Maslow’s hierarchy of needs theory is used to study how humans intrinsically partake in behavioral motivation. He used the terms Physiological, Safety, Social needs or Self-esteem, and self-actualization to describe the pattern through which human motivations generally move.
1. Physiological needs
Physiological need is a concept that was derived to explain and cultivate the foundation for motivation. This concept is the main physical requirements for human survival. This means that Physiological needs are universal human needs. Physiological needs are considered the first step in internal motivation according to Maslow’s hierarchy of needs. This theory states that humans are compelled to fulfill these physiological needs first in order to pursue Physiological needs as traits allude to long-term, unchanging demands that are required of basic human life.
Physiological needs include:
2. Safety needs
Once a person’s physiological needs are satisfied, their safety needs take precedence and dominate behavior. These safety needs manifest themselves in ways such as a preference for job security, grievance procedures for protecting the individual from unilateral authority, savings accounts, insurance policies, disability accommodations, etc. This level is more likely to predominate in children as they generally have a greater need to feel safe. Safety and security needs are about keeping us safe from harm. These include shelter, job security, health, and safe environments. If a person does not feel safe in an environment, they will seek to find safety before they attempt to meet any higher level of survival, but the need for safety is not as important as basic physiological needs.
Safety and Security needs include:
- Personal security
- Emotional security
- Financial security
- Health and well-being
3. Social needs
According to Maslow, humans need to feel a sense of belonging and acceptance among social groups, regardless of whether these groups are large or small. For example, some large social groups may include clubs, co-workers, religious groups, professional organizations, sports teams, gangs, and online communities. Some examples of small social connections include family members, intimate partners, mentors, colleagues, and confidants.
Social Belonging needs include:
4. Self-esteem needs
Esteem needs are ego needs or status needs. People develop a concern with getting recognition, status, importance, and respect from others. Most humans have a need to feel respected; this includes the need to have self-esteem and self-respect. Esteem presents the typical human desire to be accepted and valued by others.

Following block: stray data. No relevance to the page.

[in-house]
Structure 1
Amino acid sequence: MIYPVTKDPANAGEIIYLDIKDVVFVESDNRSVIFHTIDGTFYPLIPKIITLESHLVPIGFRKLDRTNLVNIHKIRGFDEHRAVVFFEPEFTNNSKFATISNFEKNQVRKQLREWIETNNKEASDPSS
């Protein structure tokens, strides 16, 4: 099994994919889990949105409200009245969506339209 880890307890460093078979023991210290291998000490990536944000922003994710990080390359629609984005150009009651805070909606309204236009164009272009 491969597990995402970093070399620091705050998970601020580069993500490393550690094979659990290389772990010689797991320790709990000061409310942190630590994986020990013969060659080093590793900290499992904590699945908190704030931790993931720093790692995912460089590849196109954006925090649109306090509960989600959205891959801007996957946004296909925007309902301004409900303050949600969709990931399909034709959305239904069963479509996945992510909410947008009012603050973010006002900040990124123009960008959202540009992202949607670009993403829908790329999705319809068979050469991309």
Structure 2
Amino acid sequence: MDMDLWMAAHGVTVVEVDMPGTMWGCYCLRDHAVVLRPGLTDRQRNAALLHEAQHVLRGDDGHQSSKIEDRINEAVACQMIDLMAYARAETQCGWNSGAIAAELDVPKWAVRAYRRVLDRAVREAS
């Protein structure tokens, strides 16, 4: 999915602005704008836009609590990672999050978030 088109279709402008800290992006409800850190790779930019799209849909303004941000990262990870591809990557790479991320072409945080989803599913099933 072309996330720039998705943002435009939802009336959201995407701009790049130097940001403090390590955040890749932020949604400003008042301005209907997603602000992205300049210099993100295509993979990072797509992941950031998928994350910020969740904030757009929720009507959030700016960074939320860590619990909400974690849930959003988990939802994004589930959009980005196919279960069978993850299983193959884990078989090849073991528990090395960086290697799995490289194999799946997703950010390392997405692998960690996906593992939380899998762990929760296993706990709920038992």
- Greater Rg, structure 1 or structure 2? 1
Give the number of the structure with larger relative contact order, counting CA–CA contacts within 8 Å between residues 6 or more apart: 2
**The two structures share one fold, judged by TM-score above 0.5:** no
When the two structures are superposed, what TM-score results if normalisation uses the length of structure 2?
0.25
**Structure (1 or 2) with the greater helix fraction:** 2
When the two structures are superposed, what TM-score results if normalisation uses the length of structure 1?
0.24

Most people have a need for stable self-respect and self-esteem. Maslow noted two versions of esteem needs: a “lower” version and a “higher” version. The “lower” version of esteem is the need for respect from others. This may include a need for status, recognition, fame, prestige, and attention. The “higher” version manifests itself as the need for self-respect. For example, the person may have a need for strength, competence, mastery, self-confidence, independence, and freedom. This “higher” version takes guidelines, the “hierarchies are interrelated rather than sharply separated”. This means that esteem and the subsequent levels are not strictly separated; instead, the levels are closely related.
Self-actualization can often be described as a value-based system when discussing its role in motivation. Since all levels of Maslow’s hierarchy must have been met in order to acquire this level, seeking to fulfill this form of satisfaction can be defined as an explicit motive. An explicit motive can be defined as a reward-based system that is used to intrinsically pursue certain values or goals. Individuals who are motivated to pursue this level are seeking and understanding how their sense of self-partakes within their human behavior.
Self-actualization can include:
- Mate Acquisition
- Utilizing Abilities
- Utilizing Talents
- Pursuing a goal
- Seeking Happiness